Bryson Stott makes Gold Glove-worthy save
Second baseman Bryson Stott has had some struggles at the plate during this postseason, hitting .237 overall with 13 strikeouts, but on Saturday he went 2-for-4 with an RBI. He knocked in the first run of the game in the top of the first inning, then played the double steal perfectly, drawing the throw to second that ultimately allowed Harper to score another run.
It was his glove on the defensive side of the ball that garnered the most attention Saturday, though, as he provided a gem of a play at a crucial moment of the ballgame.
In the bottom of the seventh inning, with ace Zack Wheeler still on the mound, trying to get through the end of the frame, the second baseman made a diving play on a ball hit by shortstop Geraldo Perdomo.
One teammate who didn't waste any time giving the Gold Glove finalist the credit he was due after the game was Harper:
At that point in the game, there was only one out after Alek Thomas hit a homer off Wheeler to start the inning. If Perdomo would've gotten on — and with bullpen action already happening in case of a jam — there's a chance Thomson wouldn't have let Wheeler finish the frame. As it stood, Wheeler reached 99 pitches after he recorded the final out of the inning.
Instead, thanks to Stott, there were two outs, no one on, and Wheeler only needed three more pitches to retire right fielder Corbin Carroll.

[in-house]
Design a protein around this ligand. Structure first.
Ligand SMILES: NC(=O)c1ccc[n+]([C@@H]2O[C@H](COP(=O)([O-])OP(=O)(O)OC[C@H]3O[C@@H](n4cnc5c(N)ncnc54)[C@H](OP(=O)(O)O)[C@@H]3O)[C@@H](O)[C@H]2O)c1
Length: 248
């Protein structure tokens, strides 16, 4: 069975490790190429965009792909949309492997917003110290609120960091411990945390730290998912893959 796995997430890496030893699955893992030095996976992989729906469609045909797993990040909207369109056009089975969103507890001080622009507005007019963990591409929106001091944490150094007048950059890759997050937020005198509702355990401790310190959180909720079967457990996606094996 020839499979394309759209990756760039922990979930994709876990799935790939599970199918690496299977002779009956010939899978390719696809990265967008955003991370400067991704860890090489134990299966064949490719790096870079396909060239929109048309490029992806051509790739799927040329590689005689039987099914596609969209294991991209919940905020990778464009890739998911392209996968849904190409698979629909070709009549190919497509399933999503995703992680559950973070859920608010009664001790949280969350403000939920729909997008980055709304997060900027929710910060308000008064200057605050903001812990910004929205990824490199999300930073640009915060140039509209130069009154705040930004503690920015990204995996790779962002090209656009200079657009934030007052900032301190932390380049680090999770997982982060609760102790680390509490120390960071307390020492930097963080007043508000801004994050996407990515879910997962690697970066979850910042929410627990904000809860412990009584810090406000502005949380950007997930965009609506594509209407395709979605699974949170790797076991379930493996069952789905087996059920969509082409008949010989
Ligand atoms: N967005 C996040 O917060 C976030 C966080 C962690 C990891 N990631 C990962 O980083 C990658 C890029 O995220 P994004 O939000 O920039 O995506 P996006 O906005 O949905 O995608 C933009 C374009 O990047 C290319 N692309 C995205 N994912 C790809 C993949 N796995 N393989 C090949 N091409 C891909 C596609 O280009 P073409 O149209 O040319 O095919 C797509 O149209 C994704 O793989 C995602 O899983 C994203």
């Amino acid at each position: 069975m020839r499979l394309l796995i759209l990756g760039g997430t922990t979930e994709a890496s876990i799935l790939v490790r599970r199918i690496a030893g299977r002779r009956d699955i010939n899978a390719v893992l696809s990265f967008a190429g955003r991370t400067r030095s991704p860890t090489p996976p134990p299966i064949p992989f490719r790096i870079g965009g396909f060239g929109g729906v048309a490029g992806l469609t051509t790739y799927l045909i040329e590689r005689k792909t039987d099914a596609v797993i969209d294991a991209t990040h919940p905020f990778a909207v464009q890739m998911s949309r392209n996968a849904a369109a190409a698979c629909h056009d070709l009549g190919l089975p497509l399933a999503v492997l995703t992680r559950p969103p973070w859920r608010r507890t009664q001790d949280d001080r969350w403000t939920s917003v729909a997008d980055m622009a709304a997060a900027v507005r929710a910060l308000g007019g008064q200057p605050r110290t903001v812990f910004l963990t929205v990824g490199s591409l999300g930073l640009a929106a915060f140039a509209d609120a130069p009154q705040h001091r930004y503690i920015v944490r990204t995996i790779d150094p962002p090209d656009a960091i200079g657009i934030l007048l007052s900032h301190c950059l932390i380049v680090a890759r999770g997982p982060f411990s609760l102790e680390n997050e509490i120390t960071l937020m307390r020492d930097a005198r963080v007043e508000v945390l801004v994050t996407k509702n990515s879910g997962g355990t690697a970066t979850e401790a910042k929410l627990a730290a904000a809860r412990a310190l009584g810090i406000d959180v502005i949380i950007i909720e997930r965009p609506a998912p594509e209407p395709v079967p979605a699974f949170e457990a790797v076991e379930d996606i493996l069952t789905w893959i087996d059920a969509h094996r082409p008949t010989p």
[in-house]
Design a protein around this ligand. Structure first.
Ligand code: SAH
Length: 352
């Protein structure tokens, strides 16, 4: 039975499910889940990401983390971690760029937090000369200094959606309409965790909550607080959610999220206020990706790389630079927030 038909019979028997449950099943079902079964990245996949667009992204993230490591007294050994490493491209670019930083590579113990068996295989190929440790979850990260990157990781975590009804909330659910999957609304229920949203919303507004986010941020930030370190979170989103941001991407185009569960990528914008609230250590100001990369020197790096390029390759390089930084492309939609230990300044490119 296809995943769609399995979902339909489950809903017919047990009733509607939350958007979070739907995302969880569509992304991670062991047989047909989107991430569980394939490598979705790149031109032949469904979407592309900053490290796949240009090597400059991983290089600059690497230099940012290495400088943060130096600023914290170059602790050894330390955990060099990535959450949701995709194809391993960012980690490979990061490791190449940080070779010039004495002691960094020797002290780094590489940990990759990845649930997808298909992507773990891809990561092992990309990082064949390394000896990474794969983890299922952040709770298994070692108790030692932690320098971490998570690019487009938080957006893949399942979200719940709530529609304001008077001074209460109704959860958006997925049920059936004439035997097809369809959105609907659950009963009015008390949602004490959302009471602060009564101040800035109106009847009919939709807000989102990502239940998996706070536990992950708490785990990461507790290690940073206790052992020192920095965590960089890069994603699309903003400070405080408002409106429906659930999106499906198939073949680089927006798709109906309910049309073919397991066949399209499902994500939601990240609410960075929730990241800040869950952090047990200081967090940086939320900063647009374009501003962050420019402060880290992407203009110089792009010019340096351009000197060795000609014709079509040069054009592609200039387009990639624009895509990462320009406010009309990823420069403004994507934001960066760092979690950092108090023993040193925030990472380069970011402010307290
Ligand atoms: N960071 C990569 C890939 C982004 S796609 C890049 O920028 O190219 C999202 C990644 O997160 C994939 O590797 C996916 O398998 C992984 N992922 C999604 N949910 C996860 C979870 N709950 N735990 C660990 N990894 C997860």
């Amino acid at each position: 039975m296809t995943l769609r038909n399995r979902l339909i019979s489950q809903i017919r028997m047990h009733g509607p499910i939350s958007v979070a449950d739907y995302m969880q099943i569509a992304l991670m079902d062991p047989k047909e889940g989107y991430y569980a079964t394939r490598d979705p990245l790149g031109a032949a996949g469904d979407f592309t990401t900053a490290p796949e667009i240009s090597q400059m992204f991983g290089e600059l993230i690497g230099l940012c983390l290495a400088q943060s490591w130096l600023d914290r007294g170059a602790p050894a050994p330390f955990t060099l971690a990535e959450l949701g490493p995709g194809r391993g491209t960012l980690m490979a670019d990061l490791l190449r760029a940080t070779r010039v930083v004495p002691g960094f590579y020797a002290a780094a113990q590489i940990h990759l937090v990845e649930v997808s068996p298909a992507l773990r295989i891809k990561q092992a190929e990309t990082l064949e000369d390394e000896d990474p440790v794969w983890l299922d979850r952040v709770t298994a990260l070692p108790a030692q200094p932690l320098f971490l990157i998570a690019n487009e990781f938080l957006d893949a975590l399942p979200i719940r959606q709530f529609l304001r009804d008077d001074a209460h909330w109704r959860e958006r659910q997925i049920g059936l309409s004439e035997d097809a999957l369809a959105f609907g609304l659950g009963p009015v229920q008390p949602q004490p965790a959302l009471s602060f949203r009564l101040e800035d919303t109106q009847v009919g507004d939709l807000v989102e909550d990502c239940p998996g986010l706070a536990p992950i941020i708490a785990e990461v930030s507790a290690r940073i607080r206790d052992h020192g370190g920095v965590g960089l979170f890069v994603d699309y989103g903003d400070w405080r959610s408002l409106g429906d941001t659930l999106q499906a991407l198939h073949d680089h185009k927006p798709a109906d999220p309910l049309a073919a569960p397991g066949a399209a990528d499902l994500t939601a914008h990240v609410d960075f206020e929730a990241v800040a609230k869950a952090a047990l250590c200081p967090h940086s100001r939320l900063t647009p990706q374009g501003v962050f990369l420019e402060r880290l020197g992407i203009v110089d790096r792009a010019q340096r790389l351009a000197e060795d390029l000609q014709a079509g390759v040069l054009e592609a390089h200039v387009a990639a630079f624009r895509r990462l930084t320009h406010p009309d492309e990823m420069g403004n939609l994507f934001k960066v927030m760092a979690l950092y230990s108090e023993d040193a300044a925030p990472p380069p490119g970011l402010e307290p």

J.T. Realmuto adds insurance runs late
One of the big storylines coming into the day was the bullpen's performance in Games 3 and 4. Across both outings, the bullpen had given up seven walks in 8 2/3 innings, compared to three walks in six innings in Games 1 and 2.
On Thursday, the Diamondbacks clinched the 2-1 win with a walk-off hit, and on Friday, they used a three-run eighth inning to come from behind and take the 6-5 win. Closer Craig Kimbrel earned the loss in both games, only recording three outs while surrendering four earned runs on five hits and two walks.
Heading into Saturday’s pivotal Game 5, the team wasn’t sure who would be available to come out of the bullpen. Jeff Hoffman, Orion Kerkering, José Alvarado and Craig Kimbrel pitched in both games, with Kimbrel (two walks and five hits) and Kerkering (two walks and three hits) struggling with command against Arizona both days.
On Saturday, the team rode Wheeler through seven strong innings. When the right-hander came out for the seventh inning, the Phillies had Alvarado warming up in case he got into trouble. After going two scoreless innings Thursday, the left-handed reliever was brought into Friday’s game to record the final out of the eighth, tossing six pitches in the process. Still, the Phillies were trying to avoid bringing him into a third consecutive ballgame.
Wheeler escaped the inning on seven pitches, and in the top half of the eighth, J.T. Realmuto's clutch gene entered the chat.
Harper got to first on a fielding error by second baseman Ketel Marte, and a few batters later, Realmuto stepped to the plate with two outs and one on. On the third pitch, he drilled the ball over the wall in left field, extending the lead to 6-1.
As John Clark of NBC Sports Philadelphia noted, the long ball also ended a streak of 15 straight solo home runs for the ballclub. With the expanded lead and extra breathing room, the Phillies let Alvarado sit back down in the bullpen, giving the powerful lefty an extra day of rest as they head into Game 6 on Monday.